Monday, August 13, 2012

Republi-CON VP Speculation

UPDATE III:  Although he's a tea party darling, "it’s worth pointing out that Ryan’s home town of Janesville, Wis., where he still lives, is recovering economically in no small part because of money from the stimulus and other federal grants."  Read the Washington Post, Federal spending is helping drive recovery of Paul Ryan’s hometown.

Does this Republi-con hypocrisy surprise anyone.  

UPDATE II:  And the nominee is a perfect Republi-con, whose family owns a national road construction firm, the author of the Roadmap for America’s Future, "a comprehensive plan to reduce the welfare state and radically curtail the government’s role in protecting citizens from life’s misfortunes," but who, after his father died, collected and used Social Security survivor's benefits to pay for college, one of the very social programs he wants to eliminate.

Should be an interesting election.

UPDATE:  Of course, there is always Mr. Nice Guy.  Read the Washington Post, Tim Pawlenty waits to see if his campaigning will lead to vice presidential nod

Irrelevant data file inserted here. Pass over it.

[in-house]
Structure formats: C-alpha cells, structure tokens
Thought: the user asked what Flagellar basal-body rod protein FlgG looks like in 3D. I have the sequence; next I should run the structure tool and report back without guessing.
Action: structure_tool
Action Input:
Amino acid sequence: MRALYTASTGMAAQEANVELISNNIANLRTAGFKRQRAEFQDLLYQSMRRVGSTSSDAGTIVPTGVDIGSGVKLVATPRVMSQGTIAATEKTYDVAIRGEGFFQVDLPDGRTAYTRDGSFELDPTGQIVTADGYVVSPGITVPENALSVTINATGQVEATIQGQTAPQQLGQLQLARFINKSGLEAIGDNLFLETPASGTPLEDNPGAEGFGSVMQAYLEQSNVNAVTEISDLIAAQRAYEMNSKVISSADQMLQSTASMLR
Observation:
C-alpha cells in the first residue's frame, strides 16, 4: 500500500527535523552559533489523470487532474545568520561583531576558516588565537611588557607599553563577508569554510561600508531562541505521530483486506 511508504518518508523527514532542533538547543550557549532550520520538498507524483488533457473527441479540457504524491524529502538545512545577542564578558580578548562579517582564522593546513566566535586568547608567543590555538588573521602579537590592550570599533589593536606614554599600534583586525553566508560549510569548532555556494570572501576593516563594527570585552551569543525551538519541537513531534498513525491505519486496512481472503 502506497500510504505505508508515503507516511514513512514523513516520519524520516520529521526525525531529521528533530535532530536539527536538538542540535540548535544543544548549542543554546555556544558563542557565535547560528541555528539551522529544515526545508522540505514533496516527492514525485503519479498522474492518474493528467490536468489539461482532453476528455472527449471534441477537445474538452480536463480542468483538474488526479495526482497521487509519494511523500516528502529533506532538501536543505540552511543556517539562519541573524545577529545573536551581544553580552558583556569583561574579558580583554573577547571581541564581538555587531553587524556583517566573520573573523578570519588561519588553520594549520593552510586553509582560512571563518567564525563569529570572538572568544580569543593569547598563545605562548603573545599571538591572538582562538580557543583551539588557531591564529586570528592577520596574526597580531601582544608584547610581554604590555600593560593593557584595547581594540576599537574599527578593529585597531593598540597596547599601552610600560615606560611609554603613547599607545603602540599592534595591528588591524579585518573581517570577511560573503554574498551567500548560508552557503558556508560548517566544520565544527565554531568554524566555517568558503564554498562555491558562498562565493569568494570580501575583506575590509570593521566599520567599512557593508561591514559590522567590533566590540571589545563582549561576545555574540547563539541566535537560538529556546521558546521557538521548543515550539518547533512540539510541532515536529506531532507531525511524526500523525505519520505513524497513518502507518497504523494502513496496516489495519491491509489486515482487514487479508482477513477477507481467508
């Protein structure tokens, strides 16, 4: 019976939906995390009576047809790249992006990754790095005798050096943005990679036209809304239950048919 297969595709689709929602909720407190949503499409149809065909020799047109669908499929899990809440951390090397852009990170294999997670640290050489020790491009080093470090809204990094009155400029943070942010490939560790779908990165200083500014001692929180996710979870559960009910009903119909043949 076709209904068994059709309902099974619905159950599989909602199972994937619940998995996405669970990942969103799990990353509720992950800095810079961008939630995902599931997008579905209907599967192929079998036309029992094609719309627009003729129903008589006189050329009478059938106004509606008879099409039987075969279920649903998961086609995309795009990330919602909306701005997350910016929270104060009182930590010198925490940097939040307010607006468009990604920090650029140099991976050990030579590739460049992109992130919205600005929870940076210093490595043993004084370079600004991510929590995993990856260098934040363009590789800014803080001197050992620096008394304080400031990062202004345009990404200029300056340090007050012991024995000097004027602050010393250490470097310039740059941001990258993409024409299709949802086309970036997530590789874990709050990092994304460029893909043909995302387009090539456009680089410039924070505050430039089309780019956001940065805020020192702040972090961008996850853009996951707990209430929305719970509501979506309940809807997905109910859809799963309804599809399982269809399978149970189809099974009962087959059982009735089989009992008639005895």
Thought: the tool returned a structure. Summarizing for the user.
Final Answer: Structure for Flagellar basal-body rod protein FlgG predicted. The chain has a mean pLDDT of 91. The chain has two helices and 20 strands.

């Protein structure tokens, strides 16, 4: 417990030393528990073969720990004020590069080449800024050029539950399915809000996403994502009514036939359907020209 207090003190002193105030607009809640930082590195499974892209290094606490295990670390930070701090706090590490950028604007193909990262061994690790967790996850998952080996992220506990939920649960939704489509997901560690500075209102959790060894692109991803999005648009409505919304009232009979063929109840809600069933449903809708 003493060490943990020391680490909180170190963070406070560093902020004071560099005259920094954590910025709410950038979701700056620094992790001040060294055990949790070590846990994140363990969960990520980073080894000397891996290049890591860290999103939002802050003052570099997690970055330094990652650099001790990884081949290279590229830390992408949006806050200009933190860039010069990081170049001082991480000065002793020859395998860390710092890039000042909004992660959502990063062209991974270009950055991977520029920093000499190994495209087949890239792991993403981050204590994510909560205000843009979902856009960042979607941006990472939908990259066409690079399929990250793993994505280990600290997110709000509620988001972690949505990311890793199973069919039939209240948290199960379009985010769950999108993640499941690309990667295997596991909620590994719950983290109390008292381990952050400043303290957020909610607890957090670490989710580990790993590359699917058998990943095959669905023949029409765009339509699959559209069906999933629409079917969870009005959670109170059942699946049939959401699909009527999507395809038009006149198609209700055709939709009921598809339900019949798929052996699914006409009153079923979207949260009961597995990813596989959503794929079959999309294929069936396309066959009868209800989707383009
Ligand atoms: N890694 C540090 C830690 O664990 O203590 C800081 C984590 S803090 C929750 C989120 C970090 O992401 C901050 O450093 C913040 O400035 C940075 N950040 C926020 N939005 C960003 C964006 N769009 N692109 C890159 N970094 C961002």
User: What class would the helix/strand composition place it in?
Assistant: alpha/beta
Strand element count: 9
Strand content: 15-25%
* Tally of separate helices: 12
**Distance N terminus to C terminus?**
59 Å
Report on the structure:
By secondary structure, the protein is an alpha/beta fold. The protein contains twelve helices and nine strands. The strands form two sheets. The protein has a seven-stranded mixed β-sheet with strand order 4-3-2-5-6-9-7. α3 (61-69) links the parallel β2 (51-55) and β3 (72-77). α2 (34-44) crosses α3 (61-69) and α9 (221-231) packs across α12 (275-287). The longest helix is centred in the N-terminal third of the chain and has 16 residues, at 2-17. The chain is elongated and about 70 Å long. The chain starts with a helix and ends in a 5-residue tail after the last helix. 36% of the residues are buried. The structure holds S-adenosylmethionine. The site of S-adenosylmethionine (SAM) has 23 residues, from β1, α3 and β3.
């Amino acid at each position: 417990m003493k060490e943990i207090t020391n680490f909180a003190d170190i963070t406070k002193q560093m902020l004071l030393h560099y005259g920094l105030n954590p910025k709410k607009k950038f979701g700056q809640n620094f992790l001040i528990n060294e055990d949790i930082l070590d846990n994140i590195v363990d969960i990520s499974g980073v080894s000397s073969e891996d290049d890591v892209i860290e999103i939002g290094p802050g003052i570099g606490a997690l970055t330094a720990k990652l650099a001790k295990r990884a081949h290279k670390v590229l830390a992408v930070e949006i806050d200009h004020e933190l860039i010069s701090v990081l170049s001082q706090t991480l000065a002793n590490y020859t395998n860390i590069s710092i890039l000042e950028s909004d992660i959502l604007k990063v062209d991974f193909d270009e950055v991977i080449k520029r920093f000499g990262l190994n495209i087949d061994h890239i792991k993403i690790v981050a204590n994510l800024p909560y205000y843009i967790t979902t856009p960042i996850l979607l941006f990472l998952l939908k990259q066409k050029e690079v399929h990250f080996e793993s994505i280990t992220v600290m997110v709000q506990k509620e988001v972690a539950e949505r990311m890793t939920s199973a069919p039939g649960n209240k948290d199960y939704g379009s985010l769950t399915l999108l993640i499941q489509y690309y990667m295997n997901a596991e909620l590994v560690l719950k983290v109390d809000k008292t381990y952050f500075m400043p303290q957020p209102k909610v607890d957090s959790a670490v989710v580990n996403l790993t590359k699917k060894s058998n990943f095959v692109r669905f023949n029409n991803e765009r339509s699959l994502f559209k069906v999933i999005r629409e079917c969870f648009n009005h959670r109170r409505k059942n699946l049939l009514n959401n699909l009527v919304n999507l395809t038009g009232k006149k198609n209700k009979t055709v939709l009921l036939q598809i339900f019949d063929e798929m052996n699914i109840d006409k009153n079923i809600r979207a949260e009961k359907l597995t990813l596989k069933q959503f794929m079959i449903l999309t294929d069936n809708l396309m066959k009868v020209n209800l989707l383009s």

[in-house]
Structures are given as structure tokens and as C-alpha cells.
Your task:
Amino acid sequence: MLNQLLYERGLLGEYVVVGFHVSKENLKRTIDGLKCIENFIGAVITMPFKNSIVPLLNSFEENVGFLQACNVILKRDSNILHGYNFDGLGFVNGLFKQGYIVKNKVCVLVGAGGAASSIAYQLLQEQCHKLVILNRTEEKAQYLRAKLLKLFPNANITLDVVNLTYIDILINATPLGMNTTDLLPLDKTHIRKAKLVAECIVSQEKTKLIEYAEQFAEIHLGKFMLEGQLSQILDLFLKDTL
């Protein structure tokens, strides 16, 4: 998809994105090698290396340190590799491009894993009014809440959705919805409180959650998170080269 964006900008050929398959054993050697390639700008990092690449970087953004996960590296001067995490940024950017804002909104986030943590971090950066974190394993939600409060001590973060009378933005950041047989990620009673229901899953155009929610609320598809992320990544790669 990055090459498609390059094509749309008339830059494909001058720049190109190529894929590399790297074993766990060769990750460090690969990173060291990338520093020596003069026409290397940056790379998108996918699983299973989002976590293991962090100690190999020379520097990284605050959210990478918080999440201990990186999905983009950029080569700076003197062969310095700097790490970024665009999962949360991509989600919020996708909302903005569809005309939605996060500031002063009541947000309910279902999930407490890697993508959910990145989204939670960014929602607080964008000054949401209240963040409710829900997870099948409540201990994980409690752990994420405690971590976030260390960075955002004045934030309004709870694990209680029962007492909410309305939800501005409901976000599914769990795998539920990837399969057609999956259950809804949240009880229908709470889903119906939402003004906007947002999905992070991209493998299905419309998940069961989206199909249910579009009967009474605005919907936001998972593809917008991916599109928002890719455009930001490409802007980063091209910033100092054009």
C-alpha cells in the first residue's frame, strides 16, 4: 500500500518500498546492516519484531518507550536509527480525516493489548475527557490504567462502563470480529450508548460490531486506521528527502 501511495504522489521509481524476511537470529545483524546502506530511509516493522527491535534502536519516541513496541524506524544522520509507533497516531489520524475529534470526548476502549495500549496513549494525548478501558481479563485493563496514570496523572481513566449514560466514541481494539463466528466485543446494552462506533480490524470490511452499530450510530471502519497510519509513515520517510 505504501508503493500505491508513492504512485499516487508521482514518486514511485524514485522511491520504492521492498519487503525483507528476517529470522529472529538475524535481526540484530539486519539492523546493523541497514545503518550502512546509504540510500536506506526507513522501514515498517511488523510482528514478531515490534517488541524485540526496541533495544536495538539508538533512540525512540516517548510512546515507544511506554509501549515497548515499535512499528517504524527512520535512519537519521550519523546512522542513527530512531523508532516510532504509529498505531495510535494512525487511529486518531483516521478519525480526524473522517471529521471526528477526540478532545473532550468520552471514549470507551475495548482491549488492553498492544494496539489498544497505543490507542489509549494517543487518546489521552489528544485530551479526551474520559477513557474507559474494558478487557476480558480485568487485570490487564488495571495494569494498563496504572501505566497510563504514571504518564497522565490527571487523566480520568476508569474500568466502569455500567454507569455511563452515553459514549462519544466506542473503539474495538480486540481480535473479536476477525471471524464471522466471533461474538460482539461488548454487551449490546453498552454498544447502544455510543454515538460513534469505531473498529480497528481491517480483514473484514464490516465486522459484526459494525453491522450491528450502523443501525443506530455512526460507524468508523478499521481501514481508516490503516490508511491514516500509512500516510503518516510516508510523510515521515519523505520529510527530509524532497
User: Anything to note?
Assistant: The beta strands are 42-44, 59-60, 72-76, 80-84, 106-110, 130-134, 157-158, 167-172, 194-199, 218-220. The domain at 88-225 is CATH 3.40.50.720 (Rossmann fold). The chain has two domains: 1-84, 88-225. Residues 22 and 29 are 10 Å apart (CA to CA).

Who will it be?

Someone who has 'no skeletons in the closet, can give a solid convention speech, shine in the vice presidential debate -- and otherwise stay discreetly in the background — while helping carry a key state in November?  (See the Los Angeles Times, Romney will pick Portman -- and here's why.)

Or should the pick make it a "Jersey vs. Chicago" election?  (See the Washington Post, The best VP for Romney.)

Or someone "to make this a big election over big issues"? (See the Washington Post, Why do conservatives want Paul Ryan to be vice president?)

As the Los Angeles Times article notes a "surprise VP pick would be out of character for the cautious, conventional Romney, but if he’s got one up his sleeve, he’s likely to reveal it very soon. The last thing his campaign wants is a media scramble over his running mate that overshadows the carefully scripted national convention at the end of the month.

A safe and boring pick, by contrast, might only be good for burst of publicity that would fade in a matter of days--which argues for waiting, perhaps until the week before the delegates gather in Tampa, Fla.

That’s why each day that passes without an announcement from Romney makes it more likely that Ohio’s junior senator will get the call."